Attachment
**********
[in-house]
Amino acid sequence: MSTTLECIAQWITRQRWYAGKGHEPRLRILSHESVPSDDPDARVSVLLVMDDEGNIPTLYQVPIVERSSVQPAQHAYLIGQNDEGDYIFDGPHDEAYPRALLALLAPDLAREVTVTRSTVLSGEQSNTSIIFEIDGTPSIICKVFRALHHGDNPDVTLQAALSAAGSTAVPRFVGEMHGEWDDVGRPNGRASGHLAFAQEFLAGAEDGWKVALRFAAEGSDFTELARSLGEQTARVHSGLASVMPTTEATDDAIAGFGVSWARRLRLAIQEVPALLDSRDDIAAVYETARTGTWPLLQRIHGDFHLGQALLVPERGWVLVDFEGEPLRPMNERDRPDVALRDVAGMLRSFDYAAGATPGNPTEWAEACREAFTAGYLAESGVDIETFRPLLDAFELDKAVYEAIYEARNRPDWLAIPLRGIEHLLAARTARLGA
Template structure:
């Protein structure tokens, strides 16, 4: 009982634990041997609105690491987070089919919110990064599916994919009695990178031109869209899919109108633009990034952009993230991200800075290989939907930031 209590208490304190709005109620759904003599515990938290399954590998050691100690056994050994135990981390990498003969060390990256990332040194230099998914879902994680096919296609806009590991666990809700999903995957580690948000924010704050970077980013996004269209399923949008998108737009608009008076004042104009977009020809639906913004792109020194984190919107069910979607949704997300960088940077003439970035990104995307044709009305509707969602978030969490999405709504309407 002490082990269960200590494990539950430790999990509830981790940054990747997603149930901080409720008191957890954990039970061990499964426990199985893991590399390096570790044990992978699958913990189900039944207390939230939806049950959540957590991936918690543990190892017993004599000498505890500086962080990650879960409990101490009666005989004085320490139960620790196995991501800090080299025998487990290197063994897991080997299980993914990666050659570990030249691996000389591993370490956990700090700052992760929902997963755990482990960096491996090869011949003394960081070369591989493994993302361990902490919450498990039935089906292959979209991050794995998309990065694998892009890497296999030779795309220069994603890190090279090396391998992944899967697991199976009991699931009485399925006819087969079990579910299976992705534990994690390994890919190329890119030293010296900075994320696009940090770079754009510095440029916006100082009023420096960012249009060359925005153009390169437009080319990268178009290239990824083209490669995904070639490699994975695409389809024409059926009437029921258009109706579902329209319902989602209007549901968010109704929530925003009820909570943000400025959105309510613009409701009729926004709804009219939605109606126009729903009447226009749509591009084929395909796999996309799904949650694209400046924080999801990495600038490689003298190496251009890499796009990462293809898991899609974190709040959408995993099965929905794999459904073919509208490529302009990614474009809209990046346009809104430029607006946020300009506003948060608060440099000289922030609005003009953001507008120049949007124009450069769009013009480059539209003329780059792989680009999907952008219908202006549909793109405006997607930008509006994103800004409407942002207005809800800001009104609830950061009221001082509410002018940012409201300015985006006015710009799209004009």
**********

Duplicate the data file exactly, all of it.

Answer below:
[in-house]
Amino acid sequence: MSTTLECIAQWITRQRWYAGKGHEPRLRILSHESVPSDDPDARVSVLLVMDDEGNIPTLYQVPIVERSSVQPAQHAYLIGQNDEGDYIFDGPHDEAYPRALLALLAPDLAREVTVTRSTVLSGEQSNTSIIFEIDGTPSIICKVFRALHHGDNPDVTLQAALSAAGSTAVPRFVGEMHGEWDDVGRPNGRASGHLAFAQEFLAGAEDGWKVALRFAAEGSDFTELARSLGEQTARVHSGLASVMPTTEATDDAIAGFGVSWARRLRLAIQEVPALLDSRDDIAAVYETARTGTWPLLQRIHGDFHLGQALLVPERGWVLVDFEGEPLRPMNERDRPDVALRDVAGMLRSFDYAAGATPGNPTEWAEACREAFTAGYLAESGVDIETFRPLLDAFELDKAVYEAIYEARNRPDWLAIPLRGIEHLLAARTARLGA
Template structure:
């Protein structure tokens, strides 16, 4: 009982634990041997609105690491987070089919919110990064599916994919009695990178031109869209899919109108633009990034952009993230991200800075290989939907930031 209590208490304190709005109620759904003599515990938290399954590998050691100690056994050994135990981390990498003969060390990256990332040194230099998914879902994680096919296609806009590991666990809700999903995957580690948000924010704050970077980013996004269209399923949008998108737009608009008076004042104009977009020809639906913004792109020194984190919107069910979607949704997300960088940077003439970035990104995307044709009305509707969602978030969490999405709504309407 002490082990269960200590494990539950430790999990509830981790940054990747997603149930901080409720008191957890954990039970061990499964426990199985893991590399390096570790044990992978699958913990189900039944207390939230939806049950959540957590991936918690543990190892017993004599000498505890500086962080990650879960409990101490009666005989004085320490139960620790196995991501800090080299025998487990290197063994897991080997299980993914990666050659570990030249691996000389591993370490956990700090700052992760929902997963755990482990960096491996090869011949003394960081070369591989493994993302361990902490919450498990039935089906292959979209991050794995998309990065694998892009890497296999030779795309220069994603890190090279090396391998992944899967697991199976009991699931009485399925006819087969079990579910299976992705534990994690390994890919190329890119030293010296900075994320696009940090770079754009510095440029916006100082009023420096960012249009060359925005153009390169437009080319990268178009290239990824083209490669995904070639490699994975695409389809024409059926009437029921258009109706579902329209319902989602209007549901968010109704929530925003009820909570943000400025959105309510613009409701009729926004709804009219939605109606126009729903009447226009749509591009084929395909796999996309799904949650694209400046924080999801990495600038490689003298190496251009890499796009990462293809898991899609974190709040959408995993099965929905794999459904073919509208490529302009990614474009809209990046346009809104430029607006946020300009506003948060608060440099000289922030609005003009953001507008120049949007124009450069769009013009480059539209003329780059792989680009999907952008219908202006549909793109405006997607930008509006994103800004409407942002207005809800800001009104609830950061009221001082509410002018940012409201300015985006006015710009799209004009």